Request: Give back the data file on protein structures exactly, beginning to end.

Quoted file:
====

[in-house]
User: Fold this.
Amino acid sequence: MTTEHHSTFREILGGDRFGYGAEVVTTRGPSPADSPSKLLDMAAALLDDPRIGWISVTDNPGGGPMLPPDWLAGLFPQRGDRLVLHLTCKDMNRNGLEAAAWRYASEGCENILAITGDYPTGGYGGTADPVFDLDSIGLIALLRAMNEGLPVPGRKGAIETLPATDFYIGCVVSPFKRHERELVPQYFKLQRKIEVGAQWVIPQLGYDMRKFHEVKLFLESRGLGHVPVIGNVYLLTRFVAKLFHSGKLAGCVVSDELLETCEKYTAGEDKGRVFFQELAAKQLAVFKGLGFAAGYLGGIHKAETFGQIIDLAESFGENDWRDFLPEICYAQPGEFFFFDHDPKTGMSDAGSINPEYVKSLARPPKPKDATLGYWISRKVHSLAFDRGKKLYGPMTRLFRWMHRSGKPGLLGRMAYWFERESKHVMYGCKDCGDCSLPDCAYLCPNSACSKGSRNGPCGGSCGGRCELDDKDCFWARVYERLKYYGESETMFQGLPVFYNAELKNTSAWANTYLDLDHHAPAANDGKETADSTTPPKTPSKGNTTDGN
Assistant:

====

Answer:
[in-house]
User: Fold this.
Amino acid sequence: MTTEHHSTFREILGGDRFGYGAEVVTTRGPSPADSPSKLLDMAAALLDDPRIGWISVTDNPGGGPMLPPDWLAGLFPQRGDRLVLHLTCKDMNRNGLEAAAWRYASEGCENILAITGDYPTGGYGGTADPVFDLDSIGLIALLRAMNEGLPVPGRKGAIETLPATDFYIGCVVSPFKRHERELVPQYFKLQRKIEVGAQWVIPQLGYDMRKFHEVKLFLESRGLGHVPVIGNVYLLTRFVAKLFHSGKLAGCVVSDELLETCEKYTAGEDKGRVFFQELAAKQLAVFKGLGFAAGYLGGIHKAETFGQIIDLAESFGENDWRDFLPEICYAQPGEFFFFDHDPKTGMSDAGSINPEYVKSLARPPKPKDATLGYWISRKVHSLAFDRGKKLYGPMTRLFRWMHRSGKPGLLGRMAYWFERESKHVMYGCKDCGDCSLPDCAYLCPNSACSKGSRNGPCGGSCGGRCELDDKDCFWARVYERLKYYGESETMFQGLPVFYNAELKNTSAWANTYLDLDHHAPAANDGKETADSTTPPKTPSKGNTTDGN
Assistant: